Tag Archives: sustainable living

sustainablefeature

Sustainable Fashion Brands: Beautiful in Every Way

Earth day is an annual day on which events are held worldwide to demonstrate support for environmental protection. What better way to show your support for Mother Earth than indulging yourself in eco-friendly luxury items.

This new breed of high-end designers are throwing out the ever so popular idea of the “granola and hemp” lifestyle and putting sustainable products on the market. Here are a few of the stylish sustainable fashion brands there.

avilanAvilan’s Storied Diamonds

The Avilan story began with a seed. This local company realized that it was time to improve the way the diamond industry operates and created the Storied Diamond. Since the diamond is the ultimate expression of love, Avilan buys and sells sustainable diamonds to maintain a deep admiration and respect for human rights and the environment. You can find out more about Avilan’s at avilandiamonds.com.

SUNOSUNO

SUNO is a New York based, women’s wear label founded in 2009 by Max Osterweis in collaboration with designer Erin Beatty. With eye-popping prints coming from vintage African textiles, this line is really starting to heat up. Osterweis has considered Kenya a second home for quite some time and wanted to incorporate a line inspired by the post-election violence threatening to damage the economy and industry in Kenya. The business has evolved to include production in Kenya, Peru, India and New York. You can find more about the SUNO collections at sunony.com.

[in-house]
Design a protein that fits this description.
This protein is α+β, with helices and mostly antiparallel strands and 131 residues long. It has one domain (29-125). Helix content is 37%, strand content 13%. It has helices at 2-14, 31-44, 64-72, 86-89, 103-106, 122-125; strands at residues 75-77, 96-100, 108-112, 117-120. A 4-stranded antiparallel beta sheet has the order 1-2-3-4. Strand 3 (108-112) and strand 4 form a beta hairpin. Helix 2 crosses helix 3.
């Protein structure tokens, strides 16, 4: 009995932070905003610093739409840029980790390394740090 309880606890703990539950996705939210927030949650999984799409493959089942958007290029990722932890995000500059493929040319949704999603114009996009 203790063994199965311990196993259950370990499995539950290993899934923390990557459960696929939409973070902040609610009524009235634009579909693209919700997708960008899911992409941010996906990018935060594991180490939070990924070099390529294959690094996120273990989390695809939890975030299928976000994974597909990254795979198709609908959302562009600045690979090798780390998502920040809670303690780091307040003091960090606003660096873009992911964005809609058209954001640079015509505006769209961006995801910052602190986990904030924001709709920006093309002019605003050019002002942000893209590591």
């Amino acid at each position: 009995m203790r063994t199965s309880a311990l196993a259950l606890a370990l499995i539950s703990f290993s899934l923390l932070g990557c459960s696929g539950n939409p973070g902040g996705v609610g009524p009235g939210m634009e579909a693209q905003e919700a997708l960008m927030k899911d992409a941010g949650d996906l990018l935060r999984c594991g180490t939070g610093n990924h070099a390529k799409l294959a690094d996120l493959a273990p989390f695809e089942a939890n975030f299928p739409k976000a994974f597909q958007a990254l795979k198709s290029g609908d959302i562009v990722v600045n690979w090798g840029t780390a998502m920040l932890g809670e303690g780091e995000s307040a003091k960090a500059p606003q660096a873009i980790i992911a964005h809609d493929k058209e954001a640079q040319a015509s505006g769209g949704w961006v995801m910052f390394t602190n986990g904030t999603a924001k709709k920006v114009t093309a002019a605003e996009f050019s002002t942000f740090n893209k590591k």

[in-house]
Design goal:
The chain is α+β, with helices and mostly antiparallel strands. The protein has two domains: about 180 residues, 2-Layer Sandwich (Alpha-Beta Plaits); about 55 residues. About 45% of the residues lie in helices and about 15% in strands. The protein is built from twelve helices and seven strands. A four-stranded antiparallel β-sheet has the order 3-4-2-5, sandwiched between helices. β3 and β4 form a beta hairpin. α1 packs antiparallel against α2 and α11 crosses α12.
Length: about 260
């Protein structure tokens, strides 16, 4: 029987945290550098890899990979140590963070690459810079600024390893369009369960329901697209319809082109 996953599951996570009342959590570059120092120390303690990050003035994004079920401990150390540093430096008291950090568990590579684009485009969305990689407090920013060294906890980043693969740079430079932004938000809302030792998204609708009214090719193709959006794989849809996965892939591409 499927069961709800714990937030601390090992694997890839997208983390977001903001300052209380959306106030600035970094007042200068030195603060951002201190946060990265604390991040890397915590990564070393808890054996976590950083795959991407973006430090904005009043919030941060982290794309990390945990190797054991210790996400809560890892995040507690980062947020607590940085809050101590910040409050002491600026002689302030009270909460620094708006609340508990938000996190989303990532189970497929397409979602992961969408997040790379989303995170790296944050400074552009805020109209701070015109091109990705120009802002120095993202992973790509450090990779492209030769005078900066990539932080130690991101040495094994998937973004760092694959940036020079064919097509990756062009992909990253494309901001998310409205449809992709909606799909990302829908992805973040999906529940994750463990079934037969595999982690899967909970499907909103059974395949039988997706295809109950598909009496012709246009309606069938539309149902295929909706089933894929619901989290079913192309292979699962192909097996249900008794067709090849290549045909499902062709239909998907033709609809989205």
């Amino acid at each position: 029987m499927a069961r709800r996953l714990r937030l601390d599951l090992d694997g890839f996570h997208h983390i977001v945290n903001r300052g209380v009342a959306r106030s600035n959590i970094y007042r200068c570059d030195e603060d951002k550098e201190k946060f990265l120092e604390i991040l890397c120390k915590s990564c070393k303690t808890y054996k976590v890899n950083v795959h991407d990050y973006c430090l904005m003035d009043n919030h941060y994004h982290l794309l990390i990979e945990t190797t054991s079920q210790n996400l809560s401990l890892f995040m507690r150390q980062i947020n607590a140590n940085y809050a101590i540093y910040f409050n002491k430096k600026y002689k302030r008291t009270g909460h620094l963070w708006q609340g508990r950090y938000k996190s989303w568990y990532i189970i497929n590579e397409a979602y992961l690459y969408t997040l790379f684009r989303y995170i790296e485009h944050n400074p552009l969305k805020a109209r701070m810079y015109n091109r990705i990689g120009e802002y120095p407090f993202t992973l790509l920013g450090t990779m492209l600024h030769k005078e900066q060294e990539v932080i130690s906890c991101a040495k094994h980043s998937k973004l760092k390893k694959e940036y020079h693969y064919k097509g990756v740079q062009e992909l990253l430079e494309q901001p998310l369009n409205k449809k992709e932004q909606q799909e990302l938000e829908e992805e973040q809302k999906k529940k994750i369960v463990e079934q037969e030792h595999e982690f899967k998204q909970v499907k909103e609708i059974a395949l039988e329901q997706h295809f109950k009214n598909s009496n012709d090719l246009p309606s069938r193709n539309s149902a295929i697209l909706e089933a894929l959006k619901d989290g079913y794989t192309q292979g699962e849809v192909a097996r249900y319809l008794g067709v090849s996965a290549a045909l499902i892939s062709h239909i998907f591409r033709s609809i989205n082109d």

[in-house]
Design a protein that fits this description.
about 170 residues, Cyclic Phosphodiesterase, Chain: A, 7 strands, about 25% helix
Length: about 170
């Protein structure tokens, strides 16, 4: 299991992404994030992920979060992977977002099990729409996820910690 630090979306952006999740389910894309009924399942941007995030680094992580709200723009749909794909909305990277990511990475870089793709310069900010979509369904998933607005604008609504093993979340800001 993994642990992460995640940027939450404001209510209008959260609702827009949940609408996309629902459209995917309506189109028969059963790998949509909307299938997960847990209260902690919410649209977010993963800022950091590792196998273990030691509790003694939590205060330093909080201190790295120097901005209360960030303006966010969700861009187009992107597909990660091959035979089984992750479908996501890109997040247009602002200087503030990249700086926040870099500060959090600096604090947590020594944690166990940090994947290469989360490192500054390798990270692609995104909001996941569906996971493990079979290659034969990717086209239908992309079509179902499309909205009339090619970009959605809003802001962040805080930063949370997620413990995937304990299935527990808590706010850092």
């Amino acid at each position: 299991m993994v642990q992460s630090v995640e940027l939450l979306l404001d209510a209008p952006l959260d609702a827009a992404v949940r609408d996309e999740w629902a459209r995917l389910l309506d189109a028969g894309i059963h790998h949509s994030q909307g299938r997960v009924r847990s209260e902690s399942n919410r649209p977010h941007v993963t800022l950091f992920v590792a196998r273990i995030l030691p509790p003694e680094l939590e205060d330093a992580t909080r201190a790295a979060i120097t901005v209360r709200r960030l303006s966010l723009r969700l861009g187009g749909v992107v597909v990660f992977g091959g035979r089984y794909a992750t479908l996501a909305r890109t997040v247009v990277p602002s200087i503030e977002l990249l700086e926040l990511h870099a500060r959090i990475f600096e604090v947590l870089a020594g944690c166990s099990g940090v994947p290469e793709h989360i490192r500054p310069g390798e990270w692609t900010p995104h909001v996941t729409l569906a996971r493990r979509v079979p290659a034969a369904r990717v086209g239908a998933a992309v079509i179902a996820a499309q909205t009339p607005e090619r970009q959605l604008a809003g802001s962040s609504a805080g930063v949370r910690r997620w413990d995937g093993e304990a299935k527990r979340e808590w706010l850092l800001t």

StellaMcCartneyStella McCartney

Stella McCartney isn’t just a vegetarian looking to make clothes; she is an environmentally friendly designer and has a line that uses biodegradable, raw and natural products to make her company more sustainable and ethical. Stella refuses to use leather, skins or any animal furs in their products as she want to lead by example in a sustainable industry.

In 2012, Stella reduced her carbon emissions, waste and water usage resulting from the production of products and services by 25 percent. You can find more on Stella’s creations at stellamccartney.com.

AutmnAle-1EE Cuffs

Veronica Gadea founded EE Cuffs in March of 2011 with a desire to create fashionable accessories that anyone could wear. Inspired by the environment to make “wearable art,” Gadea uses elements found in everyday life to craft these mesmerizing one-of-a-kind accessories. These cuffs can be found in the Washington D.C. Area and also online. From wooden cuffs with embellishments to vintage and recreated paper cuffs, you just can’t go wrong. You can find more of these exclusive creations at eecuffs.com.